Military Base Targets Net Zero

05/22/2012 |

A Marine installation in California is pursuing net-zero energy. Strategies include solar panels, water reclaimation, fuel cells, and landfill-generated electricity.

Because the Department of Defense (DoD) is the largest energy consumer in the U.S. government, the military is arming its bases to go green. The Marine Corps Air Station (MCAS) in Miramar, CA, has volunteered to become a net-zero energy installation.

MCAS Miramar was selected by the DoD/DOE Net Zero Analysis Task Force as the initial prototype installation based on its strong history of energy advocacy and extensive track record of successful energy projects.

The project defines net zero as “a military installation that produces as much energy on-site from renewable energy generation or through the on-site use of renewable fuels as it consumes in its buildings, facilities, and fleet vehicles,” with the exception of tactical aviation fuel.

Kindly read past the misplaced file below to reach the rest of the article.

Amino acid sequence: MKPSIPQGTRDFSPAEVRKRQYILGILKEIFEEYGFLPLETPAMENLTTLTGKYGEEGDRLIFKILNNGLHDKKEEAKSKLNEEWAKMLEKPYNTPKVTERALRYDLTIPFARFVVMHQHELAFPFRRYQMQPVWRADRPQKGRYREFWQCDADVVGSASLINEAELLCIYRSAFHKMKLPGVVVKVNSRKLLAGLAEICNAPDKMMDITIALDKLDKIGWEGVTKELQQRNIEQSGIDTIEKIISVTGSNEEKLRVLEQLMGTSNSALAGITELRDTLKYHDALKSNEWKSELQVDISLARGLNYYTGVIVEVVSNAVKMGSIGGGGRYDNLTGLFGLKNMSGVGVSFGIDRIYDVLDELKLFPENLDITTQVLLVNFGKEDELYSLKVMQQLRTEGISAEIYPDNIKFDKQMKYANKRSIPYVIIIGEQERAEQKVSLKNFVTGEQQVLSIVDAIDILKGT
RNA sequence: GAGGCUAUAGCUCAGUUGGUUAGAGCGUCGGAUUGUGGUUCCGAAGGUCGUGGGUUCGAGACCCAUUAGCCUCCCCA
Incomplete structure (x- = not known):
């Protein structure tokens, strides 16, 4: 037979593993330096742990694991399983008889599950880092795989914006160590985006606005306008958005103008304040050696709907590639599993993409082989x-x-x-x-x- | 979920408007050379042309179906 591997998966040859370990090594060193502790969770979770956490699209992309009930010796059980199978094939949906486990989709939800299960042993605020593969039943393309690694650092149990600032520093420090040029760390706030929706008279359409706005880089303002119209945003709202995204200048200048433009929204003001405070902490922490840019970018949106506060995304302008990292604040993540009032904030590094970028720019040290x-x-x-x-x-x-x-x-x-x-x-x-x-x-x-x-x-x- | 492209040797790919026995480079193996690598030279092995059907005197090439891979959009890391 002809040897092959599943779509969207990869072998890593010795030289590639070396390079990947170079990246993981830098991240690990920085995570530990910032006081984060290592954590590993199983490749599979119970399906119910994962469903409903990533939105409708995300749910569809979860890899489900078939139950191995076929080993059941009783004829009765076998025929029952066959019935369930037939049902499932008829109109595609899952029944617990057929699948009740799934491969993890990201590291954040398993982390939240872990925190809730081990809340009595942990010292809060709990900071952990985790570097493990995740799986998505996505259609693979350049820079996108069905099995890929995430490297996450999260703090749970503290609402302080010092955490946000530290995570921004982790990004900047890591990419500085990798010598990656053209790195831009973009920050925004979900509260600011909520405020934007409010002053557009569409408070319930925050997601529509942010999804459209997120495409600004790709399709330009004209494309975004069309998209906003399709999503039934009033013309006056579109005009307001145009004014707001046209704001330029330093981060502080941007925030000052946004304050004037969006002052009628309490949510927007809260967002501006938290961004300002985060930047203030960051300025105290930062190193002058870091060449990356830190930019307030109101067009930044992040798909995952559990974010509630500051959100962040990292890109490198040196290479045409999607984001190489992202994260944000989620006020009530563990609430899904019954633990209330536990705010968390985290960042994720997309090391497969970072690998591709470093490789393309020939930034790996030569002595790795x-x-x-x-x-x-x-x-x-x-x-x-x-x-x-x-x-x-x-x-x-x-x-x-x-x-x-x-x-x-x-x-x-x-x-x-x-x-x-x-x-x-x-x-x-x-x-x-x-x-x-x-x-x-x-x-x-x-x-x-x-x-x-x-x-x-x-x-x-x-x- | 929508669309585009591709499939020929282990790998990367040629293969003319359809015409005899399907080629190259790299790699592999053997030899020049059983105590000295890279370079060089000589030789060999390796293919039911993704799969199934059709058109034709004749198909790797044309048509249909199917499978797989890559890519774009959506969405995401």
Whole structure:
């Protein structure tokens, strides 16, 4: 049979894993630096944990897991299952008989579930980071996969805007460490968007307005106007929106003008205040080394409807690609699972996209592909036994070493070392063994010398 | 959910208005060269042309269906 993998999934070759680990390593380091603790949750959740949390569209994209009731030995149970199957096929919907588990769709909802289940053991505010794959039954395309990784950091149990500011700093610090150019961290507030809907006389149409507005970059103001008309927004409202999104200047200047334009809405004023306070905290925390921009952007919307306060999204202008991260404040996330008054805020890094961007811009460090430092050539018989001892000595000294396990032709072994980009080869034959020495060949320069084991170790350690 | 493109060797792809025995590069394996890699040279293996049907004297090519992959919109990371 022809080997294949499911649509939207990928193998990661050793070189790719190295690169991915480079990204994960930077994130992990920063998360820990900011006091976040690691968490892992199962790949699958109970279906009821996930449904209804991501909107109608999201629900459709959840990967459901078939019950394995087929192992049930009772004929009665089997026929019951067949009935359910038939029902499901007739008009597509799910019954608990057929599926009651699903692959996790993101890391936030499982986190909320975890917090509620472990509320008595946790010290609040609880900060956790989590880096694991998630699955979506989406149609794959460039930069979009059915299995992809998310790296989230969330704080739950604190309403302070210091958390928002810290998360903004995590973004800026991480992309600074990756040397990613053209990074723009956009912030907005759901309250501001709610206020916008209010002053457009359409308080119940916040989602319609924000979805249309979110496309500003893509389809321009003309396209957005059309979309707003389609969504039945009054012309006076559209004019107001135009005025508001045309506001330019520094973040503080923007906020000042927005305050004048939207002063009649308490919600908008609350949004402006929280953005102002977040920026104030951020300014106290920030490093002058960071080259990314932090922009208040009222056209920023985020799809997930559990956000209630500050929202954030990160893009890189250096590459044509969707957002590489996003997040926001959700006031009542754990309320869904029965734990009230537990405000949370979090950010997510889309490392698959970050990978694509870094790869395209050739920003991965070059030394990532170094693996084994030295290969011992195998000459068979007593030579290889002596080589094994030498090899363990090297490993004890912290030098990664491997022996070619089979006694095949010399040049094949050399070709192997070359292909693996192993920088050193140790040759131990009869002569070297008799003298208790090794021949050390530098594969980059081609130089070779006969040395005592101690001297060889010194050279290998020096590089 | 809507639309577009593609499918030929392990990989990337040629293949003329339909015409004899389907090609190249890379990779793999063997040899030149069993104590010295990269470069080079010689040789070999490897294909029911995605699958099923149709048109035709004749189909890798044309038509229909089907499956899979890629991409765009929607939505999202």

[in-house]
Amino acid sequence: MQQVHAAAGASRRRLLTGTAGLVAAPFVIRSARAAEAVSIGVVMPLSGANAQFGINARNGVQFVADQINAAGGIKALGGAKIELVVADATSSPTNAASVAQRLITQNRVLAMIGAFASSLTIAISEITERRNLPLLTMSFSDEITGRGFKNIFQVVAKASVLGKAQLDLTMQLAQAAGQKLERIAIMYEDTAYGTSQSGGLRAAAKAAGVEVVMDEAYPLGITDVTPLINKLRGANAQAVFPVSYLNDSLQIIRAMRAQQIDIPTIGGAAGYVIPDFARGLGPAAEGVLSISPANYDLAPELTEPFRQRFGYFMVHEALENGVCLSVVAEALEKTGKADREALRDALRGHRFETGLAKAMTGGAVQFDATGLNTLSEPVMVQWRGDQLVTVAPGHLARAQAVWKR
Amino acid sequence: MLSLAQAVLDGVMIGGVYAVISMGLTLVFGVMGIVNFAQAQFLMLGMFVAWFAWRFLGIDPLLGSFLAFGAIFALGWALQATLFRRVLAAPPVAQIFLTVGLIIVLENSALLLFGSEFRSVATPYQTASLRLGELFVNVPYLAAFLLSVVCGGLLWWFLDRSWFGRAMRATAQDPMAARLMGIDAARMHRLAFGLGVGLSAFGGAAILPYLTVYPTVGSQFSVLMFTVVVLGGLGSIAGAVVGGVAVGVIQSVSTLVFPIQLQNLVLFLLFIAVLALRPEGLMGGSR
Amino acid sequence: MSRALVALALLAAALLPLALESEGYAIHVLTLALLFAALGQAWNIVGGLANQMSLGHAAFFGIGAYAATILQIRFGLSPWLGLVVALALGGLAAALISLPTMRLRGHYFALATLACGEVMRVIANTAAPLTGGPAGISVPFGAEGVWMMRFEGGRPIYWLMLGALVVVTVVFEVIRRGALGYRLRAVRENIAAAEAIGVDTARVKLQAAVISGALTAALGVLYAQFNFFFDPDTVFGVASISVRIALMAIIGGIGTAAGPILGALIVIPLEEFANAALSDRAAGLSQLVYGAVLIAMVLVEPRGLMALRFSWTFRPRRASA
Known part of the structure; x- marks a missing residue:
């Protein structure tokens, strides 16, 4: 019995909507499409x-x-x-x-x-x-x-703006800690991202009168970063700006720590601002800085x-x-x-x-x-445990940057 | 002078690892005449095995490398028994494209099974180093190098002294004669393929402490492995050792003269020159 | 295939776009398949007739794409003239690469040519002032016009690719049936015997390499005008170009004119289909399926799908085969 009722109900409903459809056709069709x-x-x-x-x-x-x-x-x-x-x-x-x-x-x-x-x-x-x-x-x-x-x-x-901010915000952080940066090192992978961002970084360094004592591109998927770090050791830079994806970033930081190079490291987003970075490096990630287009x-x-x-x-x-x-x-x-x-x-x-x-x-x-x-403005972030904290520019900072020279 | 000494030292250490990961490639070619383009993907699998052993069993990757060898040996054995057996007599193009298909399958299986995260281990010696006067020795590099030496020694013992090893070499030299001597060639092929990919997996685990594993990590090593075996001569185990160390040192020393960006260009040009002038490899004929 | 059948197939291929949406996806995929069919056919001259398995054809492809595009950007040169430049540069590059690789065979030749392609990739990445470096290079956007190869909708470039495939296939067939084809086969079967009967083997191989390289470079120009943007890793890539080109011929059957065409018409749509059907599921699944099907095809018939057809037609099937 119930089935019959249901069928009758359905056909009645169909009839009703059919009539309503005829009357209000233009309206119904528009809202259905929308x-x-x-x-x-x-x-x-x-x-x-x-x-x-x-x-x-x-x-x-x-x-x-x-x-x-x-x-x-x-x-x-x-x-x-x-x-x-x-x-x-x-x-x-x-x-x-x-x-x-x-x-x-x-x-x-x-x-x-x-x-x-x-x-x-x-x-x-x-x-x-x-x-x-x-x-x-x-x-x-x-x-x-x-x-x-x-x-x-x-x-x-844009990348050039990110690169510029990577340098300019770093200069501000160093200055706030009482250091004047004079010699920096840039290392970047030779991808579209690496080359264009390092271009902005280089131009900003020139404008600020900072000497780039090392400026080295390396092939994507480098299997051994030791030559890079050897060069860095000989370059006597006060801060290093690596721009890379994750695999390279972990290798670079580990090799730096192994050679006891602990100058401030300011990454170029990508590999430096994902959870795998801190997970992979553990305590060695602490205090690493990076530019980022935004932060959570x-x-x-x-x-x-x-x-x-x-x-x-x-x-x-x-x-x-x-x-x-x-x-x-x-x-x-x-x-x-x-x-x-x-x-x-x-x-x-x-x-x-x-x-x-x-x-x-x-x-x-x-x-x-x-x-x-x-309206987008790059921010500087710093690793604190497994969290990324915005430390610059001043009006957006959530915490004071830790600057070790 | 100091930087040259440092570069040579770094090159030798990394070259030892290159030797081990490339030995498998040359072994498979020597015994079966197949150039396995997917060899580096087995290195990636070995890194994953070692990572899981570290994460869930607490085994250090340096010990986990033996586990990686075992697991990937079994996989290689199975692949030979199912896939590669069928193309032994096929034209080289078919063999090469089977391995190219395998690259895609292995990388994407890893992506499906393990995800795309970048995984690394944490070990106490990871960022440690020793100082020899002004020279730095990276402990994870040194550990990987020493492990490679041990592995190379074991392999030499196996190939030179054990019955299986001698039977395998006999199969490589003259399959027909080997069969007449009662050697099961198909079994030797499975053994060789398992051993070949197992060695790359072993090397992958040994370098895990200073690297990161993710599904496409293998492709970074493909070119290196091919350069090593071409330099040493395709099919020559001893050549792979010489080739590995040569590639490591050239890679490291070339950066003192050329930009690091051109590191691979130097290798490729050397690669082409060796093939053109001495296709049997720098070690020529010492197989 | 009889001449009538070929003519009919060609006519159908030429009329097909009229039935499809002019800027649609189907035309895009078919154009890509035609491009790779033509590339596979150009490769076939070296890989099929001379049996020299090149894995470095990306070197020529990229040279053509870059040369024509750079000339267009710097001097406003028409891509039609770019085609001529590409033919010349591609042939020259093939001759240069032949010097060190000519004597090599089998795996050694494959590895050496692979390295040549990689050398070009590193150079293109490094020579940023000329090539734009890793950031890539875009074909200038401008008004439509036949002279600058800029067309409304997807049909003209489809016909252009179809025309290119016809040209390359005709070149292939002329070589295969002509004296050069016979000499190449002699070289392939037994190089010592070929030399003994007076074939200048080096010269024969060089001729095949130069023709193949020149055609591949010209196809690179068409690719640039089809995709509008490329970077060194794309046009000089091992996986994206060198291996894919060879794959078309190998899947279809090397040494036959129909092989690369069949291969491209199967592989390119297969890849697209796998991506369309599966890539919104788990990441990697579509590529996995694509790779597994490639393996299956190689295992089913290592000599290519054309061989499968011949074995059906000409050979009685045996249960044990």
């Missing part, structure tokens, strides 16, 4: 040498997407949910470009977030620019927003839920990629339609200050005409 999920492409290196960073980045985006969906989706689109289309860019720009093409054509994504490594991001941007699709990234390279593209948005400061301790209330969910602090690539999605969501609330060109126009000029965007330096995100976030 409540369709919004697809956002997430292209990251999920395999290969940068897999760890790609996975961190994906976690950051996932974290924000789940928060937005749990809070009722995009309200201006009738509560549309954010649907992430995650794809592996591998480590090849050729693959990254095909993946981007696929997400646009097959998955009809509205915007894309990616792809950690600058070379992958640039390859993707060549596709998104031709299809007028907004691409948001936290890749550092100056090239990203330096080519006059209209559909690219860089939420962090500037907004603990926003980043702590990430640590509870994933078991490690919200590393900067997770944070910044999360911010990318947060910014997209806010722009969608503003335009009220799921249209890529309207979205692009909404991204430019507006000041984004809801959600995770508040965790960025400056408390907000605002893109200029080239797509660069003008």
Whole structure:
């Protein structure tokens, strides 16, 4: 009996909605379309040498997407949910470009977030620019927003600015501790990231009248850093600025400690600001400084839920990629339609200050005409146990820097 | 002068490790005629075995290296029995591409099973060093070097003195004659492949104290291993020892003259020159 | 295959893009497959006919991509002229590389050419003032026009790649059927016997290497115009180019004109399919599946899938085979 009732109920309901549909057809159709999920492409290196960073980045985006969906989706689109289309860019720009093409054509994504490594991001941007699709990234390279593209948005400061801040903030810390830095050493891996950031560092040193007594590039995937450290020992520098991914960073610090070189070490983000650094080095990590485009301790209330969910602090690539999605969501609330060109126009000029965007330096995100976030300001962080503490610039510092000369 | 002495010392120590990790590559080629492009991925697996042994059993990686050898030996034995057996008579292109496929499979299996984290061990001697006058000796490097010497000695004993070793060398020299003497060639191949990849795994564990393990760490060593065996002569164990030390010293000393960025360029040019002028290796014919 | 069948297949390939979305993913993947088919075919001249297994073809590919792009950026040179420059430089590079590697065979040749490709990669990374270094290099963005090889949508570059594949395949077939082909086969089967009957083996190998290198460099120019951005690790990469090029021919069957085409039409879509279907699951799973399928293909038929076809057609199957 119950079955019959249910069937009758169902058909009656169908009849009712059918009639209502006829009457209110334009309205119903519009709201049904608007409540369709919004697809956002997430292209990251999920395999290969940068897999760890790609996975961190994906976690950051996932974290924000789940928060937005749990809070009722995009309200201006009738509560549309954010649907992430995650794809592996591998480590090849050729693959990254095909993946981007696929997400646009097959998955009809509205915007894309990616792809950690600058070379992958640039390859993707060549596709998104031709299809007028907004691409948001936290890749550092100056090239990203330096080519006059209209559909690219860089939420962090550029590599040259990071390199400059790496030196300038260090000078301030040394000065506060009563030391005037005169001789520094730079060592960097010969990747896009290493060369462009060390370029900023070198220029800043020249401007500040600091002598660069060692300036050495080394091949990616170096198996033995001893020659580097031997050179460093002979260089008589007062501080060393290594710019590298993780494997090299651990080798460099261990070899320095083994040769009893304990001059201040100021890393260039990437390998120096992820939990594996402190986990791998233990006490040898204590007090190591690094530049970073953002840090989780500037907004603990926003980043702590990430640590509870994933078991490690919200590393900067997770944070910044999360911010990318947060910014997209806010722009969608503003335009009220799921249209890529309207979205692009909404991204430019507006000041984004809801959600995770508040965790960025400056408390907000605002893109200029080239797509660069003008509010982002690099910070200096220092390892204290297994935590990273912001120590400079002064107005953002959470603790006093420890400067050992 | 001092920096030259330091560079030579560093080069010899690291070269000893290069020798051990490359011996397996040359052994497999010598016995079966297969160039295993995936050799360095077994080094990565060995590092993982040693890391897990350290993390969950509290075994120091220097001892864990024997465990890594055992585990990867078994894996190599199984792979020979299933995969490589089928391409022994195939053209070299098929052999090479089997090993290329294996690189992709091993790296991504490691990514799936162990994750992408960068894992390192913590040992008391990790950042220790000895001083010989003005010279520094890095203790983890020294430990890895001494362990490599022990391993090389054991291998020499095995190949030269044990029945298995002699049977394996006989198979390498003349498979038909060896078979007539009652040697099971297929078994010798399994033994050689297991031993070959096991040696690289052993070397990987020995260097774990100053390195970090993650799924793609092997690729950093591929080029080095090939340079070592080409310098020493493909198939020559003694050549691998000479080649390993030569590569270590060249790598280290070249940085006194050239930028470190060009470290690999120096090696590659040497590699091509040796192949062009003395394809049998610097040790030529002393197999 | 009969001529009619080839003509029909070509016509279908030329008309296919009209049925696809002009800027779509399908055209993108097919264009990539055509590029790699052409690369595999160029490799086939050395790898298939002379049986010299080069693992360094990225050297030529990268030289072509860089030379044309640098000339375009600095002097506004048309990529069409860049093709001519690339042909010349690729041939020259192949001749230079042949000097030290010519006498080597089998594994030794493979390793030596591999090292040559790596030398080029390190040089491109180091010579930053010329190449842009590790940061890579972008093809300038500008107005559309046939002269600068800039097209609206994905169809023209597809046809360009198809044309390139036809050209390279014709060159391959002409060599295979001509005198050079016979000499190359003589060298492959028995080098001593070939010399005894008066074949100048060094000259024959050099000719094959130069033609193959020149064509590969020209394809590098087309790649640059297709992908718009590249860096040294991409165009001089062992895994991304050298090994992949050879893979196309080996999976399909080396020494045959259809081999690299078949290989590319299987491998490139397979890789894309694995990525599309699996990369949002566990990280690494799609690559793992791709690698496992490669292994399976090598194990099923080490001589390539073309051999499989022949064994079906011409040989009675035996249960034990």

MCAS Miramar has already implemented a number of off-the-shelf technologies to reach this goal, including:

  • Purchase electricity from landfill gas generation

  • Install solar panels on building rooftops and carports

  • Reclaim water for irrigation and plumbing

  • Replace a portion of landscaping with synthetic turf

  • Sign a PPA for the installment of combined heat and power (CHP) fuel cells

These efforts have led the station to create its own micro-grid system to further reduce its reliance on energy. The installation will continue to target net zero as it balances the goal against the need for public facilities and infrastructure and mission-specific energy requirements.


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